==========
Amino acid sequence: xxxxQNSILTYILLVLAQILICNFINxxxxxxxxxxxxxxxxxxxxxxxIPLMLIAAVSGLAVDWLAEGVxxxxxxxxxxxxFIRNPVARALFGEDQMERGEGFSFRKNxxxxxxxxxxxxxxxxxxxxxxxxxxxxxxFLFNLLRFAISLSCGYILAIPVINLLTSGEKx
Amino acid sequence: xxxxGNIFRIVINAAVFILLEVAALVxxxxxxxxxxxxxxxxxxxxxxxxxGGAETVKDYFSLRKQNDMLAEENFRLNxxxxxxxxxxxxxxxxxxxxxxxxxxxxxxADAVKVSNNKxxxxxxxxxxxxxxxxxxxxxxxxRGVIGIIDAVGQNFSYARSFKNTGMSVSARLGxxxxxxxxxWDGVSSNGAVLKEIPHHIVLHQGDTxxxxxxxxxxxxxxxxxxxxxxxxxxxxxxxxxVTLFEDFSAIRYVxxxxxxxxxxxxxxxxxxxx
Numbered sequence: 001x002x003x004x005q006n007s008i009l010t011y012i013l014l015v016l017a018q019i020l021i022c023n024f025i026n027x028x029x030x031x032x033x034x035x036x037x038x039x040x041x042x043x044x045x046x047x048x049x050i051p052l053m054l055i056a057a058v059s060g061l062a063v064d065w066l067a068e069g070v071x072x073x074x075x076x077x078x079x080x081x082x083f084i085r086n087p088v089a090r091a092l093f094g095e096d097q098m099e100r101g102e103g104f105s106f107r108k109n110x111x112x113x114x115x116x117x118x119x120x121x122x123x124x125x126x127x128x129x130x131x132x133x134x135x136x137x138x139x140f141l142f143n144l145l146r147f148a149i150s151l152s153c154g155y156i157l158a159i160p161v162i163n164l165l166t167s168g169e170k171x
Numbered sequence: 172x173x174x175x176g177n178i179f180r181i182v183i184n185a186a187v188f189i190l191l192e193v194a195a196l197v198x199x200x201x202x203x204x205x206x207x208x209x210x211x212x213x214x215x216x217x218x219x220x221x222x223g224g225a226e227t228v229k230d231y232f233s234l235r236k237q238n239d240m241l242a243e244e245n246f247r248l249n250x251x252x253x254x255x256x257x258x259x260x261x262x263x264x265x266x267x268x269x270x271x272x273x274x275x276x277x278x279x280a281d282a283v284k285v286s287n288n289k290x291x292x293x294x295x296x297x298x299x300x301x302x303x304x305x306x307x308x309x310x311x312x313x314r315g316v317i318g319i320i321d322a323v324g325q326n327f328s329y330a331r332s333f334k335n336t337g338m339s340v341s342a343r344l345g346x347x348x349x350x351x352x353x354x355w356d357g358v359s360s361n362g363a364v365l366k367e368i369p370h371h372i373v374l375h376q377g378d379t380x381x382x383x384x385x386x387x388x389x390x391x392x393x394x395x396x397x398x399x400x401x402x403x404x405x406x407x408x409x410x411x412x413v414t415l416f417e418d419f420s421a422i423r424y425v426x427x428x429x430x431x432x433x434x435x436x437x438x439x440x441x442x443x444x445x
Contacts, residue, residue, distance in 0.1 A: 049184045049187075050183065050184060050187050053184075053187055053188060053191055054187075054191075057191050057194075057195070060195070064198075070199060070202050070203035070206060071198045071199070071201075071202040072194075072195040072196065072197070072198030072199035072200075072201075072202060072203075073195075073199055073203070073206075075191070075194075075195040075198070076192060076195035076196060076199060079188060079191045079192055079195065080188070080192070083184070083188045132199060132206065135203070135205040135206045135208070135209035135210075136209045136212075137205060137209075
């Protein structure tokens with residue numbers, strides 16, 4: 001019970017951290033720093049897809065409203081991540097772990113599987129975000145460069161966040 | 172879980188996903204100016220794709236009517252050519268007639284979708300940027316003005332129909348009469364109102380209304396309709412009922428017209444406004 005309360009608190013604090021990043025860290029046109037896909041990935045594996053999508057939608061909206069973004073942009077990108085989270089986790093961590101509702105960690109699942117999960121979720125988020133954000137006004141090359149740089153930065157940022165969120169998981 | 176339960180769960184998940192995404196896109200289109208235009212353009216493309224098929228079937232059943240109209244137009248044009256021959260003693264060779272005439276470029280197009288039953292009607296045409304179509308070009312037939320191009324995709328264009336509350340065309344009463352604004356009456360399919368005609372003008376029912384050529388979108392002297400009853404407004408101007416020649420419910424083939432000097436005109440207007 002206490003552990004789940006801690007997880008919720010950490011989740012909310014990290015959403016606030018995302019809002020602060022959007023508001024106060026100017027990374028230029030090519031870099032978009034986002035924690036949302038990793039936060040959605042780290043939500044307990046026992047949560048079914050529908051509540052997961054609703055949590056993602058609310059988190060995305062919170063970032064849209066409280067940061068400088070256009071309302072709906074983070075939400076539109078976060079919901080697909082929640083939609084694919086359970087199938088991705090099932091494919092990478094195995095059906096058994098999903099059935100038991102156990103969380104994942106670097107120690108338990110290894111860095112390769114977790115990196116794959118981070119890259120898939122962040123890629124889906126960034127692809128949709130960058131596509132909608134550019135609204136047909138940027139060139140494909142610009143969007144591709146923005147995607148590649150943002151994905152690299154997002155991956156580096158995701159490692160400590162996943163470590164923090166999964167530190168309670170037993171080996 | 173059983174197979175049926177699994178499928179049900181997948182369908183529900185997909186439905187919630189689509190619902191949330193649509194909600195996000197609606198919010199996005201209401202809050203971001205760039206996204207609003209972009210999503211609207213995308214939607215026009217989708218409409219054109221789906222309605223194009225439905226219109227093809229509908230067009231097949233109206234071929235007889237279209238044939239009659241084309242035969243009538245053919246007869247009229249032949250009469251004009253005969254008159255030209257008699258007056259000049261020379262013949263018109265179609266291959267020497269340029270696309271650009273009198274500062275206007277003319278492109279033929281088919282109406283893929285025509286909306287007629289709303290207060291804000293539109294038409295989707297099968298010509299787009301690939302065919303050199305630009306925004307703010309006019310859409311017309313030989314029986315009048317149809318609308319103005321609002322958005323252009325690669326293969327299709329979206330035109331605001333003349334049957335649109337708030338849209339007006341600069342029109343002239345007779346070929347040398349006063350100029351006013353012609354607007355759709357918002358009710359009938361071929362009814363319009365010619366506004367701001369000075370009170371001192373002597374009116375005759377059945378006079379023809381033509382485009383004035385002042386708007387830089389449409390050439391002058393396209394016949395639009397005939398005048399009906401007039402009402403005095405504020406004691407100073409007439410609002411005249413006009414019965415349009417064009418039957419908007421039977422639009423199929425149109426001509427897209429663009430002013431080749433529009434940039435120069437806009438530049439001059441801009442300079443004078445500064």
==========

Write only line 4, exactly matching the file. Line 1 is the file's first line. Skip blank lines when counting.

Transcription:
Numbered sequence: 172x173x174x175x176g177n178i179f180r181i182v183i184n185a186a187v188f189i190l191l192e193v194a195a196l197v198x199x200x201x202x203x204x205x206x207x208x209x210x211x212x213x214x215x216x217x218x219x220x221x222x223g224g225a226e227t228v229k230d231y232f233s234l235r236k237q238n239d240m241l242a243e244e245n246f247r248l249n250x251x252x253x254x255x256x257x258x259x260x261x262x263x264x265x266x267x268x269x270x271x272x273x274x275x276x277x278x279x280a281d282a283v284k285v286s287n288n289k290x291x292x293x294x295x296x297x298x299x300x301x302x303x304x305x306x307x308x309x310x311x312x313x314r315g316v317i318g319i320i321d322a323v324g325q326n327f328s329y330a331r332s333f334k335n336t337g338m339s340v341s342a343r344l345g346x347x348x349x350x351x352x353x354x355w356d357g358v359s360s361n362g363a364v365l366k367e368i369p370h371h372i373v374l375h376q377g378d379t380x381x382x383x384x385x386x387x388x389x390x391x392x393x394x395x396x397x398x399x400x401x402x403x404x405x406x407x408x409x410x411x412x413v414t415l416f417e418d419f420s421a422i423r424y425v426x427x428x429x430x431x432x433x434x435x436x437x438x439x440x441x442x443x444x445x